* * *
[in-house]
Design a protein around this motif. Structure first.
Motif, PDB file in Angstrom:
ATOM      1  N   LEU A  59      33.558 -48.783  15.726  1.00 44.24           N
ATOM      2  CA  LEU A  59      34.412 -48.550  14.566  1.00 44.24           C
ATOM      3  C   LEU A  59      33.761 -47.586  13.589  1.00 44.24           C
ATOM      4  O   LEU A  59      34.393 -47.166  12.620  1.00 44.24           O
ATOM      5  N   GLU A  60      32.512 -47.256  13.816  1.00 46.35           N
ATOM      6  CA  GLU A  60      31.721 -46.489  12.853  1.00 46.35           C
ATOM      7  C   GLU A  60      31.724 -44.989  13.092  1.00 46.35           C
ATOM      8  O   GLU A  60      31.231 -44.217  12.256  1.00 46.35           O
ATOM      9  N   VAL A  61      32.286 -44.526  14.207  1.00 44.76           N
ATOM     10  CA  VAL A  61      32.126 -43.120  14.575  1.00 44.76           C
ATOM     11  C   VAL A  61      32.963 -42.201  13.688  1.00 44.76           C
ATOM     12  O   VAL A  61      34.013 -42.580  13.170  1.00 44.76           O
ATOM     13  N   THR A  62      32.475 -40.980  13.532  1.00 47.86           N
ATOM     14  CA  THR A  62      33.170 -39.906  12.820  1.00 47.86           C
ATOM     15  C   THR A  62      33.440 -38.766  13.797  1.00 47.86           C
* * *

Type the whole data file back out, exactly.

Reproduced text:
[in-house]
Design a protein around this motif. Structure first.
Motif, PDB file in Angstrom:
ATOM      1  N   LEU A  59      33.558 -48.783  15.726  1.00 44.24           N
ATOM      2  CA  LEU A  59      34.412 -48.550  14.566  1.00 44.24           C
ATOM      3  C   LEU A  59      33.761 -47.586  13.589  1.00 44.24           C
ATOM      4  O   LEU A  59      34.393 -47.166  12.620  1.00 44.24           O
ATOM      5  N   GLU A  60      32.512 -47.256  13.816  1.00 46.35           N
ATOM      6  CA  GLU A  60      31.721 -46.489  12.853  1.00 46.35           C
ATOM      7  C   GLU A  60      31.724 -44.989  13.092  1.00 46.35           C
ATOM      8  O   GLU A  60      31.231 -44.217  12.256  1.00 46.35           O
ATOM      9  N   VAL A  61      32.286 -44.526  14.207  1.00 44.76           N
ATOM     10  CA  VAL A  61      32.126 -43.120  14.575  1.00 44.76           C
ATOM     11  C   VAL A  61      32.963 -42.201  13.688  1.00 44.76           C
ATOM     12  O   VAL A  61      34.013 -42.580  13.170  1.00 44.76           O
ATOM     13  N   THR A  62      32.475 -40.980  13.532  1.00 47.86           N
ATOM     14  CA  THR A  62      33.170 -39.906  12.820  1.00 47.86           C
ATOM     15  C   THR A  62      33.440 -38.766  13.797  1.00 47.86           C